It would have been a thick compilation if Jenny Sanford had chosen to write a book about wives of politicians who’ve been caught cheating (let alone those who haven’t yet been caught), enough to read on a flight to Asia, but she chose to tell her own story in a memoir titled Staying True, and it’s truly a case of making lemonade out of a very public betrayal.
What would any of us do if we were to find ourselves in her position? It’s a little fuzzy for me as I’m not one who plans ahead. I don’t scope out exit rows on planes or read "what to do in the event of a fire" in public buildings, nor have I made arrangements to deal with my death. My hope is that if I have no contingency plan, dreaded things won’t happen. And under that heading comes finding out that my husband has been fooling around. Cheating, after all, is not limited to politicians, who don’t, curiously, approach it any more competently than they do health-care reform.
Take Tiger Woods – which seems, as we've learned, to have been a popular sport. Elin read his text messages and went after him with a golf club. We haven’t heard how David Letterman's wife responded to the favorite nations policy he applied to interns. I’m sure I wouldn’t be as inclusive as Elizabeth Edwards, who supposedly invited the "love child" to join her family for Christmas. I don’t celebrate Christmas, mistresses or love children, and I certainly am not looking to pick out more "Secret Santa" gifts.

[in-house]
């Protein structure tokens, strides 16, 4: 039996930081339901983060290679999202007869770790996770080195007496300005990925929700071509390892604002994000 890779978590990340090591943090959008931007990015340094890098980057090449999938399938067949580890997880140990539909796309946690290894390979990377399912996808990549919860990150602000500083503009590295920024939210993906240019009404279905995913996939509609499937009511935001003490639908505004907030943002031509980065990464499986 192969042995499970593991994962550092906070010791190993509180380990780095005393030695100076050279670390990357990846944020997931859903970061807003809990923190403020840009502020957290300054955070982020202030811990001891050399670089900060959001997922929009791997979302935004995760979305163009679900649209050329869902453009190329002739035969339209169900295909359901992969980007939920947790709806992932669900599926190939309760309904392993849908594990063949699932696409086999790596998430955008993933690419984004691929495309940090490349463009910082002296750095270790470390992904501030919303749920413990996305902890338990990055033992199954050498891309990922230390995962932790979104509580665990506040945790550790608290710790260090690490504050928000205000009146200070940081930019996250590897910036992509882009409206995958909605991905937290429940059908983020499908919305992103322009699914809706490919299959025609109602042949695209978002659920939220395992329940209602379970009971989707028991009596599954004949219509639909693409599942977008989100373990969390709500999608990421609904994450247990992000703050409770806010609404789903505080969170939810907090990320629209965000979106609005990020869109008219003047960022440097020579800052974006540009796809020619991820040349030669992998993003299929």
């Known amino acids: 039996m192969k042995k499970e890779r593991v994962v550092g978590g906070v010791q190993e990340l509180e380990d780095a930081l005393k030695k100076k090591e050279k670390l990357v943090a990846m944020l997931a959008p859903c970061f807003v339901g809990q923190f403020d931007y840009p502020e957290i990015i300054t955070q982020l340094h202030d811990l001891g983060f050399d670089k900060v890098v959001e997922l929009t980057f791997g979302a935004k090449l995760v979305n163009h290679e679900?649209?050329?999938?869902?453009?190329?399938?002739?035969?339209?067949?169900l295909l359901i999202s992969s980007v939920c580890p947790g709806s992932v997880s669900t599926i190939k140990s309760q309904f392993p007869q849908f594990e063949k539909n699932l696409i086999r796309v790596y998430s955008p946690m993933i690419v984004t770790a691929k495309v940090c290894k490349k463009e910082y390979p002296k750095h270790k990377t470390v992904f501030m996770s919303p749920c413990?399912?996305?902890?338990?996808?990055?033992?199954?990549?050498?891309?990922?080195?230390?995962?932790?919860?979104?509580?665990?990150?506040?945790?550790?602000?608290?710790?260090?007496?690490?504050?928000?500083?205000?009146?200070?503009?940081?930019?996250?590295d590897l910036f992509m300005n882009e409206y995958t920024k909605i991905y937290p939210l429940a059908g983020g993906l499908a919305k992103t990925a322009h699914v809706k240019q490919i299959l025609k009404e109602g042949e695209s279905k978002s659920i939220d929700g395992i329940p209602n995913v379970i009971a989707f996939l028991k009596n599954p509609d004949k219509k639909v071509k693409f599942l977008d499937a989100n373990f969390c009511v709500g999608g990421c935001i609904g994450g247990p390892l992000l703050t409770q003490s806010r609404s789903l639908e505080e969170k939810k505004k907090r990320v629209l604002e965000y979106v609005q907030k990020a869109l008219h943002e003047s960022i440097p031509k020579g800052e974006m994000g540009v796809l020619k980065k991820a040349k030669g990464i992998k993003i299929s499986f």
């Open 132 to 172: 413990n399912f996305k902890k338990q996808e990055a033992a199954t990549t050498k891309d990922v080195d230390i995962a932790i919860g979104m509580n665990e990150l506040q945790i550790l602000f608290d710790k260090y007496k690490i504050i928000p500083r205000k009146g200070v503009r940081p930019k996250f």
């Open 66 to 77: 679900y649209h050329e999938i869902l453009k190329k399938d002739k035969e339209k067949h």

Silda Spitzer’s unwavering devotion is something we all value in an employee or family pet, but she’s been harshly criticized for being too supportive. Yet she appears to have inspired the TV series "The Good Wife," and as a TV writer, we’re always looking for stories. But I like to think I’d be as elegant as Jenny Sanford and ridicule my ex in a book that gets favorably reviewed in The New York Times. Having said that, this is a book I hope never to write.
Jenny Sanford may be the new role model for the wife who’s been spurned. She had agreed to adjust the wedding vows so that the pledge to "forsake all others" was eliminated, which would have been an issue for most of us, but after he admitted to not having forsaken all others, she and her friends were spirited enough to make jokes about "hiking the Appalachian Trail," code for aerobic adultery.
After her book tour, I hope she’ll consider leading tours on the Appalachian Trail. The area must be suffering as tourism has surely fallen off now that men don’t dare tell their staff or wives, "I’m going hiking on the Appalachian Trail."